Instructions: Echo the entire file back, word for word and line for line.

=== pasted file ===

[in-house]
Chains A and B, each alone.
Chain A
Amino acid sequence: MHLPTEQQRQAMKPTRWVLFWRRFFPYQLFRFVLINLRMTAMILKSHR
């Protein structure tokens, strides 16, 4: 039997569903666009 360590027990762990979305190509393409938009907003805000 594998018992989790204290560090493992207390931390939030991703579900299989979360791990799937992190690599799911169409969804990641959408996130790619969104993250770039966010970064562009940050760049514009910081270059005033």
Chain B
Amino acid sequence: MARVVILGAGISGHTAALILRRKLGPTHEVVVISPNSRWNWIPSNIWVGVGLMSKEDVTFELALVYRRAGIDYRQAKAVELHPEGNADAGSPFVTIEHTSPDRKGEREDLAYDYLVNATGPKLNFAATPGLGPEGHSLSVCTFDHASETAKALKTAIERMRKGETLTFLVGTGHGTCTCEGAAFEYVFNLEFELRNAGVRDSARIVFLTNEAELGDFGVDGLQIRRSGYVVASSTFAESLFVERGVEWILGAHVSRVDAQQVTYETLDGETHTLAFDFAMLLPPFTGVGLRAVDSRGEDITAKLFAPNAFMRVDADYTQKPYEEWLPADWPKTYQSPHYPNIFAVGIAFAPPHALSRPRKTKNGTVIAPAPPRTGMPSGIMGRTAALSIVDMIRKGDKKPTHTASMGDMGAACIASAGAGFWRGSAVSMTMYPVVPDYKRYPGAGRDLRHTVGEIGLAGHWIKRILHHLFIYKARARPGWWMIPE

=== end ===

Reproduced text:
[in-house]
Chains A and B, each alone.
Chain A
Amino acid sequence: MHLPTEQQRQAMKPTRWVLFWRRFFPYQLFRFVLINLRMTAMILKSHR
């Protein structure tokens, strides 16, 4: 039997569903666009 360590027990762990979305190509393409938009907003805000 594998018992989790204290560090493992207390931390939030991703579900299989979360791990799937992190690599799911169409969804990641959408996130790619969104993250770039966010970064562009940050760049514009910081270059005033």
Chain B
Amino acid sequence: MARVVILGAGISGHTAALILRRKLGPTHEVVVISPNSRWNWIPSNIWVGVGLMSKEDVTFELALVYRRAGIDYRQAKAVELHPEGNADAGSPFVTIEHTSPDRKGEREDLAYDYLVNATGPKLNFAATPGLGPEGHSLSVCTFDHASETAKALKTAIERMRKGETLTFLVGTGHGTCTCEGAAFEYVFNLEFELRNAGVRDSARIVFLTNEAELGDFGVDGLQIRRSGYVVASSTFAESLFVERGVEWILGAHVSRVDAQQVTYETLDGETHTLAFDFAMLLPPFTGVGLRAVDSRGEDITAKLFAPNAFMRVDADYTQKPYEEWLPADWPKTYQSPHYPNIFAVGIAFAPPHALSRPRKTKNGTVIAPAPPRTGMPSGIMGRTAALSIVDMIRKGDKKPTHTASMGDMGAACIASAGAGFWRGSAVSMTMYPVVPDYKRYPGAGRDLRHTVGEIGLAGHWIKRILHHLFIYKARARPGWWMIPE